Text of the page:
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Genomics and Population Health: United States 2003

Chapter 8: Genomics & Public Health: Ethical, Legal and Social Issues

Toby Citrin and Stephen M. Modell

Introduction

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This article is divided into sections discussing key ethical, legal and social implications of genomic science for public health. It includes resources that may help public health professionals develop an approach for resolving these issues as they take shape now and in the future. Ethical, legal and social are somewhat arbitrary categories because these issues are almost always intertwined. For example, the potential misuse of genetic information for purposes of discrimination and stigmatization raises ethical concerns, points out the need for protective legislation, and describes a significant social problem.

Ethical, legal and social issues may be either real or only perceived, but the distinction between reality and perception often does not matter to consumers and policymakers. Examining these issues from a public health perspective can be helpful in either instance.

Ethical, Legal and Social Issues (ELSI)

During the last decade and a half, the National Human Genome Research Institute (NHGRI) has supported an extensive program of scholarly work on the ethical, legal, and social implications of genetics research, known collectively as ELSI. ELSI inquiry examines the values underlying the use of new genetic technology, ideally before it is in use.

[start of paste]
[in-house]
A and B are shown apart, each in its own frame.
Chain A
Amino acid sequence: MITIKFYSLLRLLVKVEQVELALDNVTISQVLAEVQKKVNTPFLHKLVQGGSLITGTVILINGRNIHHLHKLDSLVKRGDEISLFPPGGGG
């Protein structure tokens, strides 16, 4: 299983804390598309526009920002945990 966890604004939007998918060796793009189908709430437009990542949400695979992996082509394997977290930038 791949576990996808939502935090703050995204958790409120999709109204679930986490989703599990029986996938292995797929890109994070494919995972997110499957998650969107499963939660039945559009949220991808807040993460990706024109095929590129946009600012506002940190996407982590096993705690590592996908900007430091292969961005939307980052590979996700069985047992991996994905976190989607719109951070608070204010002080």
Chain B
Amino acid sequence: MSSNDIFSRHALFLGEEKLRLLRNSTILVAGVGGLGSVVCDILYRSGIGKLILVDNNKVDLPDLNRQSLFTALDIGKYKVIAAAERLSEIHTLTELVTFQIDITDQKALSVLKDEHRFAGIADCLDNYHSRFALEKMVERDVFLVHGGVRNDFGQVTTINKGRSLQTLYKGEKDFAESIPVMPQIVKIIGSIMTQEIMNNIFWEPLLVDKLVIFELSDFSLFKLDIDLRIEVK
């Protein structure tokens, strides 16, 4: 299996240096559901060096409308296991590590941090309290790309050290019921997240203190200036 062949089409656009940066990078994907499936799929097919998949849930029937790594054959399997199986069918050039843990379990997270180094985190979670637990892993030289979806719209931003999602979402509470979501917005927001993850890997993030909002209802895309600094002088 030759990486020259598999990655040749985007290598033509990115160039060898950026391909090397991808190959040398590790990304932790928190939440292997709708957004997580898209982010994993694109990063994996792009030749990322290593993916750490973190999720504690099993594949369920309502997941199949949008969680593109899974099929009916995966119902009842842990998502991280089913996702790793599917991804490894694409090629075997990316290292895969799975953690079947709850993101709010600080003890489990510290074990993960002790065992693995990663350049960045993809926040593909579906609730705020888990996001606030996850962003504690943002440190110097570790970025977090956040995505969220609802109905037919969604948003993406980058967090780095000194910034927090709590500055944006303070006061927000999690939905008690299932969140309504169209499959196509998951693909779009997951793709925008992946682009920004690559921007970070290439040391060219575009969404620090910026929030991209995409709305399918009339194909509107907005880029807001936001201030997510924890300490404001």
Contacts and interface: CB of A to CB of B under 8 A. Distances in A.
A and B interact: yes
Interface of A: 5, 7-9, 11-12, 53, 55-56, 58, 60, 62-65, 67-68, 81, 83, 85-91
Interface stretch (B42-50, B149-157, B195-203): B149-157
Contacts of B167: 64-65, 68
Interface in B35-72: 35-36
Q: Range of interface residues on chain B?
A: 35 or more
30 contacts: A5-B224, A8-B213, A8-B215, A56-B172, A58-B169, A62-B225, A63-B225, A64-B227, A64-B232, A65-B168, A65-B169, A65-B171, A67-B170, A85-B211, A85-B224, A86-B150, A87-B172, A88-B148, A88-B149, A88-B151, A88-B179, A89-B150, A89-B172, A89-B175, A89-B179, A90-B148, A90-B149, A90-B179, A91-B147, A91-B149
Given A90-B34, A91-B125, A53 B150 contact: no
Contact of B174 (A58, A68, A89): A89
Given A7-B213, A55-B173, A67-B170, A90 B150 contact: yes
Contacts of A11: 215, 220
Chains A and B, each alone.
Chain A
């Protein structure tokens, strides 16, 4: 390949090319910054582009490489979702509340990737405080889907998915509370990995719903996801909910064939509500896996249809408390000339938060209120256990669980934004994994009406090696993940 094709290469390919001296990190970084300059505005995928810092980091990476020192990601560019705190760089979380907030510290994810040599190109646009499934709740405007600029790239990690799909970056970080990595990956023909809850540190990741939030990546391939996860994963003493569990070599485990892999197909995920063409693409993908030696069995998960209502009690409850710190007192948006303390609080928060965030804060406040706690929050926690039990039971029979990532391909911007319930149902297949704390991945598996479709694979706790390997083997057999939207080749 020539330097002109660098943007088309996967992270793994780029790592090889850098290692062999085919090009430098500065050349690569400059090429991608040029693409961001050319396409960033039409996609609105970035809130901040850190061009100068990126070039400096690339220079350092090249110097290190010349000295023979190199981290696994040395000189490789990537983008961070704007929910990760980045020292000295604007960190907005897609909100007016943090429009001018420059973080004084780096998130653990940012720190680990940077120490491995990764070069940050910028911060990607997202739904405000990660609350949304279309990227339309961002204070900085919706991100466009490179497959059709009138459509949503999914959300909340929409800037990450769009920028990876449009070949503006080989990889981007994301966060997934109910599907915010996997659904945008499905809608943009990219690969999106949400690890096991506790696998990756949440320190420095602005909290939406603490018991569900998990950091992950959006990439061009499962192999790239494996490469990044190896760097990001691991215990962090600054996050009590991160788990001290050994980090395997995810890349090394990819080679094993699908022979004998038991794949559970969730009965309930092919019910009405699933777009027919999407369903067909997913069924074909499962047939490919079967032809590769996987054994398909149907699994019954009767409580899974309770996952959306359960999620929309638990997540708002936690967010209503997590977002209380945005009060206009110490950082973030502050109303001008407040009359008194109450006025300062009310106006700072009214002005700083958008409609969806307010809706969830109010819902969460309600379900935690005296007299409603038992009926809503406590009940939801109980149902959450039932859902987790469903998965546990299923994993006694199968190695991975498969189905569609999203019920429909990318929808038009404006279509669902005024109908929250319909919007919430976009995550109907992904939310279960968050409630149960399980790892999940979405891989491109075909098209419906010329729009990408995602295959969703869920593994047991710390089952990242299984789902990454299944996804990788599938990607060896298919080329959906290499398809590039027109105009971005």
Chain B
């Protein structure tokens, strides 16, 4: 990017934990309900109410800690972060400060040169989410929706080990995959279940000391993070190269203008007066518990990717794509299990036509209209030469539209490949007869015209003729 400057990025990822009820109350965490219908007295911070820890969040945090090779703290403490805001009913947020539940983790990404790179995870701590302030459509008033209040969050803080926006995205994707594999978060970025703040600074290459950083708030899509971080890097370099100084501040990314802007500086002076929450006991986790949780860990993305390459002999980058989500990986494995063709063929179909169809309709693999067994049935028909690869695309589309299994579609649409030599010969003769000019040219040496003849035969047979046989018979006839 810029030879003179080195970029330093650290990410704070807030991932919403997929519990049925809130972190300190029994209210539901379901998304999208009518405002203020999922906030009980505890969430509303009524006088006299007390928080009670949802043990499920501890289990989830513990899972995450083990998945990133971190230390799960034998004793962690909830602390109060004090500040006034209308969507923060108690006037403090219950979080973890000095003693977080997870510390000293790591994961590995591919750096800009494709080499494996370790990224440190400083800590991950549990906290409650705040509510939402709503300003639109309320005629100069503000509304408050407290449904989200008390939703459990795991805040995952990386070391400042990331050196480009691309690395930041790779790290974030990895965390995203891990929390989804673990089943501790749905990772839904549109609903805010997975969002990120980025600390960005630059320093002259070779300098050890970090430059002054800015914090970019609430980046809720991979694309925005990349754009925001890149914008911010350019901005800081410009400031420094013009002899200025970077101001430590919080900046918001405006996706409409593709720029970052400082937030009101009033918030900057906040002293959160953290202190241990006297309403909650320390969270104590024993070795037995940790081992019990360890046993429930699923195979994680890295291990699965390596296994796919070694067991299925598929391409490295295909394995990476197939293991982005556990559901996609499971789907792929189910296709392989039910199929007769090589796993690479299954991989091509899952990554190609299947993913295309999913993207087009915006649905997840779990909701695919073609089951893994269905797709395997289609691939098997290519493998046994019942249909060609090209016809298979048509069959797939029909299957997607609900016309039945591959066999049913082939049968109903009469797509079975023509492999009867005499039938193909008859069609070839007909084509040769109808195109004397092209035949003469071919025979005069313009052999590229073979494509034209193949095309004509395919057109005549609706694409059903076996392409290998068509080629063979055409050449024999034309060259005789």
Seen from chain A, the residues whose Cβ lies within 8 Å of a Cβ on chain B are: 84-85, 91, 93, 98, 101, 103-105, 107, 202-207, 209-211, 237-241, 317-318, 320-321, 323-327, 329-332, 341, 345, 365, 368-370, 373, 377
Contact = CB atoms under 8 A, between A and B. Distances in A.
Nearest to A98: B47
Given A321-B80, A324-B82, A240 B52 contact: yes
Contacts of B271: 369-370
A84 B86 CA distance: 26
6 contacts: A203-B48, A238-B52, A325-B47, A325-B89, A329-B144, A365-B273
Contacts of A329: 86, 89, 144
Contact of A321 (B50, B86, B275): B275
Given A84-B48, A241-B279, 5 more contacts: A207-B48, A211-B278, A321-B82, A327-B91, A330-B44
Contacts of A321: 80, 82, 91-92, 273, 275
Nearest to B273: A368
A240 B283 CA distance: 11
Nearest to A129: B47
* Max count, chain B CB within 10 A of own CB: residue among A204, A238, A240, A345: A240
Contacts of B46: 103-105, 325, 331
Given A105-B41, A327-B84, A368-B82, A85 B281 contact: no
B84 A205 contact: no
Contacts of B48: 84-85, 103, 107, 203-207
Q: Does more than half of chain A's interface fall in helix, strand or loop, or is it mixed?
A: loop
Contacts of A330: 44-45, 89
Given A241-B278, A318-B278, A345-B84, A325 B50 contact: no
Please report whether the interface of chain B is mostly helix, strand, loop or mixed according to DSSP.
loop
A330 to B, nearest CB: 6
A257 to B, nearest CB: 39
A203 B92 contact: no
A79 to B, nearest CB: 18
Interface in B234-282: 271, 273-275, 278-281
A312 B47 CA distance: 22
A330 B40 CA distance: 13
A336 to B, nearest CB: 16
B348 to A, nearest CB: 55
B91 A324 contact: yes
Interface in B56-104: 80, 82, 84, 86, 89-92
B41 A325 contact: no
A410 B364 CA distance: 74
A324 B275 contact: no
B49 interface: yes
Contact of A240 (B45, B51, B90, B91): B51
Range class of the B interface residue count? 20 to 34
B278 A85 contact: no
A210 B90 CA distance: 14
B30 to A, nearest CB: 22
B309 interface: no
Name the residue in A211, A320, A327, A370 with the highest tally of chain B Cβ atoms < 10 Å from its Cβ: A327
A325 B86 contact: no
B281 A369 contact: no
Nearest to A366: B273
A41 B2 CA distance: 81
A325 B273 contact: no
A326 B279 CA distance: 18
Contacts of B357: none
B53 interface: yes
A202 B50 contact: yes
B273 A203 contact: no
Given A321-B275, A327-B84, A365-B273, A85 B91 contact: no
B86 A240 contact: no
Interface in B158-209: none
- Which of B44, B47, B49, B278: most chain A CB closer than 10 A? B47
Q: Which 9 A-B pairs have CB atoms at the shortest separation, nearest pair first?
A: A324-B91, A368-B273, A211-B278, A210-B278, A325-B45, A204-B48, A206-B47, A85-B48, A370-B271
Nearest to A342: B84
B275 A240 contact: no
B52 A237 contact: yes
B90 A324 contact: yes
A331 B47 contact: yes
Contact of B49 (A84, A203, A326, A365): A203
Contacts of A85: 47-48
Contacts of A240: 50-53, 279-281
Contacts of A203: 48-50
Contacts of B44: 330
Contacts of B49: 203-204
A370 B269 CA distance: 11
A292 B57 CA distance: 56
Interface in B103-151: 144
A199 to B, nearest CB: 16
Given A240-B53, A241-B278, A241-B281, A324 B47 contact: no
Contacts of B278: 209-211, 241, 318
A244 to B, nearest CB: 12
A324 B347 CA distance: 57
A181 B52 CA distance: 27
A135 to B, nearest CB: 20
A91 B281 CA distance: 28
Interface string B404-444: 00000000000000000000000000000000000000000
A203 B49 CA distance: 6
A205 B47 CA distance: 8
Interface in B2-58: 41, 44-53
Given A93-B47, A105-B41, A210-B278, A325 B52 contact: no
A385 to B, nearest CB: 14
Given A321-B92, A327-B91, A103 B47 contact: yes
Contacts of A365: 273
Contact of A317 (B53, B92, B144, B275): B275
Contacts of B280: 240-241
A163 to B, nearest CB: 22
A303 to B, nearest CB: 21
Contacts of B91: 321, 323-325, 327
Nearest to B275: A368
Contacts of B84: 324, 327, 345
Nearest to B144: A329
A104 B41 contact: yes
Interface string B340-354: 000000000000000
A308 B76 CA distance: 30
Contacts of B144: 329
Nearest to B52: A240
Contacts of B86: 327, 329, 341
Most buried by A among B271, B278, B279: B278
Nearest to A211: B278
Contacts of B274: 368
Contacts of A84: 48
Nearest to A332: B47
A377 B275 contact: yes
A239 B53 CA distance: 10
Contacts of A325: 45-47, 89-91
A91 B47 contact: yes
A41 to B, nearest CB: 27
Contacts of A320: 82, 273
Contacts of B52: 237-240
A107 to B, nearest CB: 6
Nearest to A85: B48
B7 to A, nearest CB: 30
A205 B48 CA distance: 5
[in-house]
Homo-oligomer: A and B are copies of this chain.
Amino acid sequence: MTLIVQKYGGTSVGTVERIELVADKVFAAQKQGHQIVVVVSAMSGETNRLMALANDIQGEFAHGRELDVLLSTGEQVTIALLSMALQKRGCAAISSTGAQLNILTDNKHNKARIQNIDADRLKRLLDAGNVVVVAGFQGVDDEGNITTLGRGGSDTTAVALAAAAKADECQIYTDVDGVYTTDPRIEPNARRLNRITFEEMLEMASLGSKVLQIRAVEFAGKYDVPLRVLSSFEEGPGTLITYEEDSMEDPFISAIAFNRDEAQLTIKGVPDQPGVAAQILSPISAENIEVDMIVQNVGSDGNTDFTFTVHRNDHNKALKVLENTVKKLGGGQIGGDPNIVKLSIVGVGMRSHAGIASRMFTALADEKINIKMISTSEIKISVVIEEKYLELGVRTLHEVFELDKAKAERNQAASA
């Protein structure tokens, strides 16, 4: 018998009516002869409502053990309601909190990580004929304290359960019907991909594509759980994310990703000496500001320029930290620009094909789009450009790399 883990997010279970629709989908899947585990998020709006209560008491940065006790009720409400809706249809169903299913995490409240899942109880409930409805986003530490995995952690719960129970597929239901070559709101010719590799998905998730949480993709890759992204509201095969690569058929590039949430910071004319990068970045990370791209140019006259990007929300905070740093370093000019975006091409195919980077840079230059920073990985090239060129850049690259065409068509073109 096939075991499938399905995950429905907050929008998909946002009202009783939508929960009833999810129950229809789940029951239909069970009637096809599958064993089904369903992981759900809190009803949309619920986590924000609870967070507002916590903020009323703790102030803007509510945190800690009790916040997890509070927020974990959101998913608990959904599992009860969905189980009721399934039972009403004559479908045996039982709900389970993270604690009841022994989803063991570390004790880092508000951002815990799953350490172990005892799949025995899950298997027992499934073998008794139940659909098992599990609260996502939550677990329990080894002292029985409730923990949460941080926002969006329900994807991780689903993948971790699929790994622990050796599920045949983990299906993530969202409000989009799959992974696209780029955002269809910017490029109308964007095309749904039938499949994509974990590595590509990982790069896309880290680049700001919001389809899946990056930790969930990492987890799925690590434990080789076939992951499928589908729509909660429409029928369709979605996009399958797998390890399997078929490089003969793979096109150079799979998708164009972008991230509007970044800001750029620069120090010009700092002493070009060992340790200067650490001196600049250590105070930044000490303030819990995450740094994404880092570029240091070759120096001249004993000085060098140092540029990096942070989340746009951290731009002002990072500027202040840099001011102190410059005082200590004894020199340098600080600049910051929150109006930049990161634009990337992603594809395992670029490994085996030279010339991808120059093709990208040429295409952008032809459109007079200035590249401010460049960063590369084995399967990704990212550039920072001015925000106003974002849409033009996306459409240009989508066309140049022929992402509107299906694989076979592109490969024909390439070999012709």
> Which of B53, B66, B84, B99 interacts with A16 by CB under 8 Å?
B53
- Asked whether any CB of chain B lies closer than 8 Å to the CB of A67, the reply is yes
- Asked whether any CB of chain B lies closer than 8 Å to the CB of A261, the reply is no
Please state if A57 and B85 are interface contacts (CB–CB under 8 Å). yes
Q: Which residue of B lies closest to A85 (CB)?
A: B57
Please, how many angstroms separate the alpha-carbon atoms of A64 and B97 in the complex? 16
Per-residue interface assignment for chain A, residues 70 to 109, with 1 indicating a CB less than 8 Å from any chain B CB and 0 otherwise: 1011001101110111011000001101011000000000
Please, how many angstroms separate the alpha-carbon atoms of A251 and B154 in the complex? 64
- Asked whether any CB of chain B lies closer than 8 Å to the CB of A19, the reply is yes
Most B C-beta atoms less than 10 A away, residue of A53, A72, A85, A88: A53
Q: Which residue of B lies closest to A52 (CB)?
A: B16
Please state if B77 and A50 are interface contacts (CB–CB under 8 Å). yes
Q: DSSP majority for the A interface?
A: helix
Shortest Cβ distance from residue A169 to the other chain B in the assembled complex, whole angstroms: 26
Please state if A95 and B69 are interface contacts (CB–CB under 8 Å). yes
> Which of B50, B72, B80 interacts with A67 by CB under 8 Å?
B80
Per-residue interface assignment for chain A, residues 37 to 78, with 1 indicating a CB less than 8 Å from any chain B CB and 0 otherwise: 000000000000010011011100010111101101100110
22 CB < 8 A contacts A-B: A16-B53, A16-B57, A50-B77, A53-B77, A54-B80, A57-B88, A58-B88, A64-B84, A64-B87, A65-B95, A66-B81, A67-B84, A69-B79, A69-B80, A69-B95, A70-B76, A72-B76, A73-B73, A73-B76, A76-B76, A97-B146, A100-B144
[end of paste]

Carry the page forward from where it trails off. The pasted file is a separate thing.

Public Health Ethical, Legal and Social Issues (PHELSI)

Since 1999, genetic research has increasingly focused on the discovery of human genetic variations linked to susceptibility to common illnesses, rather than on the rare, single-gene disorders that have been the traditional focus of clinical genetics. Efforts to understand and prevent these more widespread conditions, which often involve complex gene-environment interactions, fall under the purview of public health. We have used the term PHELSI to refer to ethical, legal and social implications that arise when genomics is used for the advancement of public health.

Is PHELSI Different From ELSI?

The ethical, legal and social implications of using genetic technology in medicine have been the subject of a rich and growing literature.(1) Most of this scholarship has applied principles of bioethics to the use of genetics in medical research and practice, and emphasizes the individual and the patient-physician relationship.

At the same time, there has been a renaissance in the literature on public health ethics in the past decade. Public health actions are intended for the public good, defined either in terms of groups of individuals or the population as a whole.(2) The public health perspective is at the center of the distinction between PHELSI and ELSI.